Does that sound like Jesus is asking God to bring us to a place where we attend church every Sunday and Wednesday? I am in no way trying to bring down the importance of church activities, but maybe some of us get caught up in the religion of it all and never understand the significant importance that needs to be placed on our relationship with God- the whole reason we, the body of Christ, are supposed to come together at church. I know I did. This isn’t the church’s fault necessarily. Anyone who’s grown up in church has been taught that He loves us with an indescribable love, and that in order to see Him face to face one day, we must have a relationship with Him. We’re all given a Bible that explains it even further with story after story of God pursuing His bride with a passionate love. We’re even given a whole book that is literally a love letter to us; it’s called the Song of Solomon. It seems risqué and hard to swallow, but viewed as a conversation between a husband and a wife, it is exactly right. Now, imagine if the conversation went like this:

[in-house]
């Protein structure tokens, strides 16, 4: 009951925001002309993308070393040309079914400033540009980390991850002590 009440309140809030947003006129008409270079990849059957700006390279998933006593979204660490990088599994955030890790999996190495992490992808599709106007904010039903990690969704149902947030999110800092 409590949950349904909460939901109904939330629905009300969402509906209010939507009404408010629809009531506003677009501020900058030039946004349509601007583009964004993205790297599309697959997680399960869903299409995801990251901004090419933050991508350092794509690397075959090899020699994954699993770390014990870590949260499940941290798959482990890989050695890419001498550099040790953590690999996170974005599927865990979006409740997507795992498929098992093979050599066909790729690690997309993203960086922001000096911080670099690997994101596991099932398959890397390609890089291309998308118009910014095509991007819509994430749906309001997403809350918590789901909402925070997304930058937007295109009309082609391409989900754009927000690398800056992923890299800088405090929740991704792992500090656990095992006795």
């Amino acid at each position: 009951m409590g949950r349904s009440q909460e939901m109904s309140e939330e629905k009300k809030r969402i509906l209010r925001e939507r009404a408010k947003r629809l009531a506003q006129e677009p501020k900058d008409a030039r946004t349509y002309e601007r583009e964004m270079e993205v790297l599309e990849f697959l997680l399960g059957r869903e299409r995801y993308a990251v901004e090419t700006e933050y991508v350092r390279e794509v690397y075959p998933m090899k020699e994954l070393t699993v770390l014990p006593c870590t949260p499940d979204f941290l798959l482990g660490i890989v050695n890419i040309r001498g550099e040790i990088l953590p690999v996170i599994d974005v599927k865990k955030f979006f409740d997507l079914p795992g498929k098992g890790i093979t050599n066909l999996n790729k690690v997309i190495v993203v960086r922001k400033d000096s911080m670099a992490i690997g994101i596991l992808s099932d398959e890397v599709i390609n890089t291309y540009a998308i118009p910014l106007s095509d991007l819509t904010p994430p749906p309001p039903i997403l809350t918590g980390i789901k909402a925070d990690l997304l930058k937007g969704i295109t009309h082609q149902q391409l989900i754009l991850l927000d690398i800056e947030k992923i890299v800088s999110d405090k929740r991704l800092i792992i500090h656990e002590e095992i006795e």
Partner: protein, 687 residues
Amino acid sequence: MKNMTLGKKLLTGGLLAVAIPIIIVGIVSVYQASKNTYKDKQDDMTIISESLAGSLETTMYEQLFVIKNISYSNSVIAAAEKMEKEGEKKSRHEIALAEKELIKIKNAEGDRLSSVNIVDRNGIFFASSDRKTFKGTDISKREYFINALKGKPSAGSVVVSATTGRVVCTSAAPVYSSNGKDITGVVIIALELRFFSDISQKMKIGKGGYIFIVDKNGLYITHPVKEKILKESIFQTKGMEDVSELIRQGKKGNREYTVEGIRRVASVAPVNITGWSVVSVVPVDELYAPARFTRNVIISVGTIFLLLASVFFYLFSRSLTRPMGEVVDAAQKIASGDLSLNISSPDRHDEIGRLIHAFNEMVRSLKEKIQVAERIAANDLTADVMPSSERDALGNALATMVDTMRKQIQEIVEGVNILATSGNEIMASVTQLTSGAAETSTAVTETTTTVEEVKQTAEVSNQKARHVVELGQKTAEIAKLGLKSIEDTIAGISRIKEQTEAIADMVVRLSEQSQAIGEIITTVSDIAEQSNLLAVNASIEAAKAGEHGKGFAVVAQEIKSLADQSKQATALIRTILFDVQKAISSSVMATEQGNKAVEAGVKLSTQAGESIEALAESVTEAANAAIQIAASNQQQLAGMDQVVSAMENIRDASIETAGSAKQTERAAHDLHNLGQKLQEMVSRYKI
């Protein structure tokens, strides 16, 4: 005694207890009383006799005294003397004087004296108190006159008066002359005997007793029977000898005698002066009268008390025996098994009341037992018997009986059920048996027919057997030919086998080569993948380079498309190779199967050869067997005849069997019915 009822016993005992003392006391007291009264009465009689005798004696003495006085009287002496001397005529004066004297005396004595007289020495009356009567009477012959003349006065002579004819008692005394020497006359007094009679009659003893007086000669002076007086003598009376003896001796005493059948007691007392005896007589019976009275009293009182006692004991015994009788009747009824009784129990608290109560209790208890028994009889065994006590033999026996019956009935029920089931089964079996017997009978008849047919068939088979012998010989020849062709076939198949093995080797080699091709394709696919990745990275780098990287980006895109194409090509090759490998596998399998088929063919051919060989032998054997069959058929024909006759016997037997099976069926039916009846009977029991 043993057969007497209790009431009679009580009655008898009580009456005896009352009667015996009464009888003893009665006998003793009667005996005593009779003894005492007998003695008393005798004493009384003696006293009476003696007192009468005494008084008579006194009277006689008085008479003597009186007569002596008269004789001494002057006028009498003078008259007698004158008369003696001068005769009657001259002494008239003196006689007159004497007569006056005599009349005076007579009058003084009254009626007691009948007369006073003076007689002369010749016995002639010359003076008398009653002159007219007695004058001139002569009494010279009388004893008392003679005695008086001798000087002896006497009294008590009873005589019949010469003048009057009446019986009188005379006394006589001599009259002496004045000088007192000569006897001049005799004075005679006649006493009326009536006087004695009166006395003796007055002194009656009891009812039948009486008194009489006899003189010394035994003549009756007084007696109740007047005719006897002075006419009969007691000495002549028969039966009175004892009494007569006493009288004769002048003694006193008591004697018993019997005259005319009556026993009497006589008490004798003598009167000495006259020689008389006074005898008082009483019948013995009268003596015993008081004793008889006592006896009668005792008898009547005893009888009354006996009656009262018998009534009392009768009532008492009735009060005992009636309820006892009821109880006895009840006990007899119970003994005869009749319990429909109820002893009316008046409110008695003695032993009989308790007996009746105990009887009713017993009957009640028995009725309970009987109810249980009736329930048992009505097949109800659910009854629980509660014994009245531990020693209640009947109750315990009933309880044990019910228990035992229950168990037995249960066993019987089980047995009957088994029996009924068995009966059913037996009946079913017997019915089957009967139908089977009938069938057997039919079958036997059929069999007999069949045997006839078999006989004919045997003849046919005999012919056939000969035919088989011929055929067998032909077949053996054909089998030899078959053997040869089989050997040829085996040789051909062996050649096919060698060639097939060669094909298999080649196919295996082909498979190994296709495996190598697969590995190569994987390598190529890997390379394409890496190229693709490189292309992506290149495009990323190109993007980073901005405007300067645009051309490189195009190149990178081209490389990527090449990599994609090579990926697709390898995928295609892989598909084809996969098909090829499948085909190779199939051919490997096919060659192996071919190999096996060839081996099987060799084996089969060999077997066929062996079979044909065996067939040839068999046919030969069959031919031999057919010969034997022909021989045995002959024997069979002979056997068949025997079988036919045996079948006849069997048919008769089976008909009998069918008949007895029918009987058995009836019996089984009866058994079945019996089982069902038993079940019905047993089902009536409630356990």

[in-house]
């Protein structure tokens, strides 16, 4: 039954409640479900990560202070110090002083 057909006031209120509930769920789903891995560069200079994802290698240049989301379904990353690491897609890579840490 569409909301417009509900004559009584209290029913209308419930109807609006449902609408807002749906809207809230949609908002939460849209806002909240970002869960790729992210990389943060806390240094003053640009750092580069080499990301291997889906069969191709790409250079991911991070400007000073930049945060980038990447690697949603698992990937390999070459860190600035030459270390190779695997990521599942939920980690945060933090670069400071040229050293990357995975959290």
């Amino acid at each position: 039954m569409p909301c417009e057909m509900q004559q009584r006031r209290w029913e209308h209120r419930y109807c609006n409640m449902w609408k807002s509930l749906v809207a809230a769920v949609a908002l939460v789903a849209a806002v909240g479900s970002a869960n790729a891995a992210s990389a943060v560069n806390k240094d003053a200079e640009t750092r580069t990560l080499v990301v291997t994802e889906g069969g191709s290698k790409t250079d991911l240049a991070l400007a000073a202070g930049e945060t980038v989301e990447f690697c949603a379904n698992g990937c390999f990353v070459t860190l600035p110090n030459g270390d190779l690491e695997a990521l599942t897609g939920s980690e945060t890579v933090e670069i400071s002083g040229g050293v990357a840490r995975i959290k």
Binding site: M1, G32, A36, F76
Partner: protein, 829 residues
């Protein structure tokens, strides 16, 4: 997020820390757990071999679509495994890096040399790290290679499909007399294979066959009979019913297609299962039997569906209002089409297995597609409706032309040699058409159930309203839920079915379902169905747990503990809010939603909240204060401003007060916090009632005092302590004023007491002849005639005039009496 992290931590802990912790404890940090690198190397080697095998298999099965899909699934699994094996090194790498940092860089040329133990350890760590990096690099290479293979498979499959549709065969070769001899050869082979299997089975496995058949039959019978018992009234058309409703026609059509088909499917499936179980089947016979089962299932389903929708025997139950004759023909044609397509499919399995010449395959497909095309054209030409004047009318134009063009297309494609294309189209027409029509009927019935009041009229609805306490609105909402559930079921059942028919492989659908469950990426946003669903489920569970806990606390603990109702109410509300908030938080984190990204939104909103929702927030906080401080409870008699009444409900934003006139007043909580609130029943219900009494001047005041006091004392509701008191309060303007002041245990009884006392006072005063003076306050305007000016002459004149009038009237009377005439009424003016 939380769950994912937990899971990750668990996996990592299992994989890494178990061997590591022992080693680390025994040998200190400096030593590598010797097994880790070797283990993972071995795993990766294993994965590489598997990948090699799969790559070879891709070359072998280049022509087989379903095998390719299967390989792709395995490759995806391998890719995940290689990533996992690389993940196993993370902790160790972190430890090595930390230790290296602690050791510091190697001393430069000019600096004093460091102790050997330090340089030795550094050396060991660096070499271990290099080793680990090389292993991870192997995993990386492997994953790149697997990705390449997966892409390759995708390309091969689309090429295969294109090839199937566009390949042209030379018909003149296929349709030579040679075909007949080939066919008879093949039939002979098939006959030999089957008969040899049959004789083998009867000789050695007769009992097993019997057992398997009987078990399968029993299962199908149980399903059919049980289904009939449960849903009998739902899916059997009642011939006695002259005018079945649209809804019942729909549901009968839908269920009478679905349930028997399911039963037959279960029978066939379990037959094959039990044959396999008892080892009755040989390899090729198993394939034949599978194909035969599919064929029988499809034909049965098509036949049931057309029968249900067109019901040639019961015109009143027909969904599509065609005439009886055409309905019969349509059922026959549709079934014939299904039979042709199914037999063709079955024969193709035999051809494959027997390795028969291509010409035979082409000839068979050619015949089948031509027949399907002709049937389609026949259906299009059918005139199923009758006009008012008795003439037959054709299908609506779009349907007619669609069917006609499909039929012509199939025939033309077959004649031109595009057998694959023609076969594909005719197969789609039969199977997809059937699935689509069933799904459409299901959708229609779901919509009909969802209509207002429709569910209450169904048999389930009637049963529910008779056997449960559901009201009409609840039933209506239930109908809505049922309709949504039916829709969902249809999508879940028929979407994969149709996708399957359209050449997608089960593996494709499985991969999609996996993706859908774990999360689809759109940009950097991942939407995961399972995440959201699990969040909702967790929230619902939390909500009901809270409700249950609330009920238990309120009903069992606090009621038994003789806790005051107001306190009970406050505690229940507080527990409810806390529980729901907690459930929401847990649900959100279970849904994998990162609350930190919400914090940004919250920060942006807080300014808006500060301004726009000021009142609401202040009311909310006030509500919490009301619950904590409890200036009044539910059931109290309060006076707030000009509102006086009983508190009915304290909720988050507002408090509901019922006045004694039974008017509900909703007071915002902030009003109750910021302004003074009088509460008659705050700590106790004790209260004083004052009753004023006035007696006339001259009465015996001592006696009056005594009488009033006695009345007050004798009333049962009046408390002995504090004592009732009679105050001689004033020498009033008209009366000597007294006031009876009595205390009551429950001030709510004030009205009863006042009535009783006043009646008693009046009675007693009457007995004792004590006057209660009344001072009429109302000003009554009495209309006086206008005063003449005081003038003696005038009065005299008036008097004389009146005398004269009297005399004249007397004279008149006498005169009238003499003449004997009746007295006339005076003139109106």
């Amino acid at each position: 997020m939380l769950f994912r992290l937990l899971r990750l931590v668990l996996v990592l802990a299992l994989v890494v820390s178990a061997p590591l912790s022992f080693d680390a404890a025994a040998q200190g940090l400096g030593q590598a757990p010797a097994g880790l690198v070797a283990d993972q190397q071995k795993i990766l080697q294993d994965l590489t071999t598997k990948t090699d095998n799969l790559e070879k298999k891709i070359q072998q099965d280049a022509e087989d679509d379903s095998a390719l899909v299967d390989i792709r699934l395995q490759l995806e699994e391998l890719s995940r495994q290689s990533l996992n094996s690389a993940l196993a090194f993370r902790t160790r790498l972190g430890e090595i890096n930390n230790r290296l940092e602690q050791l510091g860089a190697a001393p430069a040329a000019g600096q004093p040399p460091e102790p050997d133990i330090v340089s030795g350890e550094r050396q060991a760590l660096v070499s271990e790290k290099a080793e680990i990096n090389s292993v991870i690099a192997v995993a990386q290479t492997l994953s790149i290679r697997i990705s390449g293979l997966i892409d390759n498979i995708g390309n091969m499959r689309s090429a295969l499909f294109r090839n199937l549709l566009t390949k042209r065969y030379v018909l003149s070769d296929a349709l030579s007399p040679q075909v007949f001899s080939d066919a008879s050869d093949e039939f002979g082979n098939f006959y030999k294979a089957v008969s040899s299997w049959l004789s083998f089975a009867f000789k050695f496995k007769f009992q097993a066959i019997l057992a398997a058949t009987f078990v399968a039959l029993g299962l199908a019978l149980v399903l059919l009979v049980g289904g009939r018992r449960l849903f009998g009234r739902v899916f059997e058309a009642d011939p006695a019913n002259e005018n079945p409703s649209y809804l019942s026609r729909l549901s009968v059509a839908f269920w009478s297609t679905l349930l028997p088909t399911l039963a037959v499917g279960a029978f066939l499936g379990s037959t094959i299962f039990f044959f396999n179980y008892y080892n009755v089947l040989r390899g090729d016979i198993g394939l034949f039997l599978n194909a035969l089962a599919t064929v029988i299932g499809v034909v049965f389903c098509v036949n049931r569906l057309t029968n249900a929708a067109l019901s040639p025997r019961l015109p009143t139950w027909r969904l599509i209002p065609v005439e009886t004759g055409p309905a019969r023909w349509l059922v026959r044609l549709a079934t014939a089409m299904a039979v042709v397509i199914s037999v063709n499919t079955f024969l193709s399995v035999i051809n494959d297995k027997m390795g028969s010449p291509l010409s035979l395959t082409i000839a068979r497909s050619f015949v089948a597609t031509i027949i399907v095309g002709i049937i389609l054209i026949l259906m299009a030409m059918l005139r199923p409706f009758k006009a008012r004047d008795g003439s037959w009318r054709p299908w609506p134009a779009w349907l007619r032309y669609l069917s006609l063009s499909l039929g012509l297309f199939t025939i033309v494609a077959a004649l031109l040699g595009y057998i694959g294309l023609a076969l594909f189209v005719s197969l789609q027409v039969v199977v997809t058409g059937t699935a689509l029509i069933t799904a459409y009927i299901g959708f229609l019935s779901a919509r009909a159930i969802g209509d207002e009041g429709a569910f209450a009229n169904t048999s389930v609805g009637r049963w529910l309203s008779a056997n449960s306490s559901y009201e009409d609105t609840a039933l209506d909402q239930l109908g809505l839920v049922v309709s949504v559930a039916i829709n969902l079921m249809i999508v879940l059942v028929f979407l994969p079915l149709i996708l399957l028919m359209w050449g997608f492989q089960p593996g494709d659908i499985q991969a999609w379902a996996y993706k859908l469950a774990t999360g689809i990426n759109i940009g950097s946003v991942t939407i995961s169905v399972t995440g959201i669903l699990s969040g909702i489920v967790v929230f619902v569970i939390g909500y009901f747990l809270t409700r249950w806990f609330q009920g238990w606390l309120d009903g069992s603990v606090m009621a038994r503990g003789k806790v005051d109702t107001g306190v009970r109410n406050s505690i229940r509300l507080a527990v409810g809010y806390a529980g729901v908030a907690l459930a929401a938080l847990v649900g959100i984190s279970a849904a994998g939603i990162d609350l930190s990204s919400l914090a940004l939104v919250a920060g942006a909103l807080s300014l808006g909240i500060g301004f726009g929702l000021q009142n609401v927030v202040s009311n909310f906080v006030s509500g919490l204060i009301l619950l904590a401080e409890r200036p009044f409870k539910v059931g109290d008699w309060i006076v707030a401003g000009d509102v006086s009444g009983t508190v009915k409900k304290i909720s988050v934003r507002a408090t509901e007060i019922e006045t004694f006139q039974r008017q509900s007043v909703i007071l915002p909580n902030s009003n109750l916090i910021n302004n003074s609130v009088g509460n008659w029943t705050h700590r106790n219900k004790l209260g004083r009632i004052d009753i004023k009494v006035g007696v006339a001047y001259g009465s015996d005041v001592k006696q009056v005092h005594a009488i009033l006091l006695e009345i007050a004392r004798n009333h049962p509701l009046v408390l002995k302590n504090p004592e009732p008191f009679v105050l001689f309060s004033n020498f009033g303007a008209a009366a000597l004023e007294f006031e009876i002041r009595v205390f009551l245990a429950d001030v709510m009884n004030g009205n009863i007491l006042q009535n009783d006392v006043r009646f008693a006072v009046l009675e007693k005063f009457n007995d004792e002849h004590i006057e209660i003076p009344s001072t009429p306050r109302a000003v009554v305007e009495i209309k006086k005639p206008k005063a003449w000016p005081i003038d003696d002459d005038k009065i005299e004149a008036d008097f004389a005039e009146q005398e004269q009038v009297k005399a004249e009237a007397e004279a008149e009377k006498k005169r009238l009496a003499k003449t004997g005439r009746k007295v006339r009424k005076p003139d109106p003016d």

She: “I’m so looking forward to our wedding day. I do love you so much. I really wish I could see more of you. There’s so much about you I want to know better.”

He: “Yes dear, I know. I’m going to send you a book that describes more about my life. I’m sure you’ll get a lot out of it.”

She: “I’ll be glad to read it. But I just want to hold your hand.”

He: “I’m sure you do, beloved. Let me send you a tape describing the role of physical affection at different stages of courtship. You’ll find it worthwhile, I’m sure.”


            This is not how the conversation goes between us and God. Actually, we’re the ones that usually run to books and tapes and music. None of those things are bad, but when we spend too much time diving into those, and not into actual conversation with the One whom those things are about, we miss the point and the time spent with the books, tapes, and music is pointless. We MUST have an encounter with Him in order to fill the emptiness that we all feel inside. If you’ve been in church at all, you’ve heard this before, but I just wanted to remind you that the Great Mysterious Heart that we all talk about like “it” is some theology to be debated, is R.E.A.L. real and until we make the effort to get to know Him, we’ll feel empty for all of eternity.